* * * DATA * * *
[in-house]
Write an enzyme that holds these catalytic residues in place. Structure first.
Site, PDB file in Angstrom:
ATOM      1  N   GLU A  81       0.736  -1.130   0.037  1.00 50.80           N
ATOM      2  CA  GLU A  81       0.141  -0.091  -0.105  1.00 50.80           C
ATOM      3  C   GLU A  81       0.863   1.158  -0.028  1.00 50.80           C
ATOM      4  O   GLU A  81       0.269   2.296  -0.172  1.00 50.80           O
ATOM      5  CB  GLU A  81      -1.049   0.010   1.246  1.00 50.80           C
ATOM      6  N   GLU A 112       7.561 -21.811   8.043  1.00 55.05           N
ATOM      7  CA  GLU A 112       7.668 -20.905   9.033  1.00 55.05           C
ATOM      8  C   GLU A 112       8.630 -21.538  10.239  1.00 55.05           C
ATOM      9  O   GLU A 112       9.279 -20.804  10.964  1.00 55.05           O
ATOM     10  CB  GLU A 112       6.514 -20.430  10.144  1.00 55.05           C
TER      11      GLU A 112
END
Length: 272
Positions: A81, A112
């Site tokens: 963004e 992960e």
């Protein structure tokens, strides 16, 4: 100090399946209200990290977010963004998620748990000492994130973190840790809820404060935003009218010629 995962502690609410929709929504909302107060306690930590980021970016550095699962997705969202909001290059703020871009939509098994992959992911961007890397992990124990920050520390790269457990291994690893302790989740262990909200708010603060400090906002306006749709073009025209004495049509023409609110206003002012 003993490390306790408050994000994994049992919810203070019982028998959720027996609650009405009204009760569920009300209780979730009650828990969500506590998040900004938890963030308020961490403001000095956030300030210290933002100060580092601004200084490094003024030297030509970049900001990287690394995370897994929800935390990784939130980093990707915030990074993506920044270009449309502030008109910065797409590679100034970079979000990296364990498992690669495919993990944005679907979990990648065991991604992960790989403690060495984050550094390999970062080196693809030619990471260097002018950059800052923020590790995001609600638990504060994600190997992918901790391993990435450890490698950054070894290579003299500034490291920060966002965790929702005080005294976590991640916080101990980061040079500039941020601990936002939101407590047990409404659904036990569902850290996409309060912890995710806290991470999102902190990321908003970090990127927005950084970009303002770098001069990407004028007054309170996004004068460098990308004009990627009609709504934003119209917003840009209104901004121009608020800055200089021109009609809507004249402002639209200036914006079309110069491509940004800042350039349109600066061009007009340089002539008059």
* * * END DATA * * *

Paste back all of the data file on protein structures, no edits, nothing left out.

[in-house]
Write an enzyme that holds these catalytic residues in place. Structure first.
Site, PDB file in Angstrom:
ATOM      1  N   GLU A  81       0.736  -1.130   0.037  1.00 50.80           N
ATOM      2  CA  GLU A  81       0.141  -0.091  -0.105  1.00 50.80           C
ATOM      3  C   GLU A  81       0.863   1.158  -0.028  1.00 50.80           C
ATOM      4  O   GLU A  81       0.269   2.296  -0.172  1.00 50.80           O
ATOM      5  CB  GLU A  81      -1.049   0.010   1.246  1.00 50.80           C
ATOM      6  N   GLU A 112       7.561 -21.811   8.043  1.00 55.05           N
ATOM      7  CA  GLU A 112       7.668 -20.905   9.033  1.00 55.05           C
ATOM      8  C   GLU A 112       8.630 -21.538  10.239  1.00 55.05           C
ATOM      9  O   GLU A 112       9.279 -20.804  10.964  1.00 55.05           O
ATOM     10  CB  GLU A 112       6.514 -20.430  10.144  1.00 55.05           C
TER      11      GLU A 112
END
Length: 272
Positions: A81, A112
């Site tokens: 963004e 992960e």
């Protein structure tokens, strides 16, 4: 100090399946209200990290977010963004998620748990000492994130973190840790809820404060935003009218010629 995962502690609410929709929504909302107060306690930590980021970016550095699962997705969202909001290059703020871009939509098994992959992911961007890397992990124990920050520390790269457990291994690893302790989740262990909200708010603060400090906002306006749709073009025209004495049509023409609110206003002012 003993490390306790408050994000994994049992919810203070019982028998959720027996609650009405009204009760569920009300209780979730009650828990969500506590998040900004938890963030308020961490403001000095956030300030210290933002100060580092601004200084490094003024030297030509970049900001990287690394995370897994929800935390990784939130980093990707915030990074993506920044270009449309502030008109910065797409590679100034970079979000990296364990498992690669495919993990944005679907979990990648065991991604992960790989403690060495984050550094390999970062080196693809030619990471260097002018950059800052923020590790995001609600638990504060994600190997992918901790391993990435450890490698950054070894290579003299500034490291920060966002965790929702005080005294976590991640916080101990980061040079500039941020601990936002939101407590047990409404659904036990569902850290996409309060912890995710806290991470999102902190990321908003970090990127927005950084970009303002770098001069990407004028007054309170996004004068460098990308004009990627009609709504934003119209917003840009209104901004121009608020800055200089021109009609809507004249402002639209200036914006079309110069491509940004800042350039349109600066061009007009340089002539008059």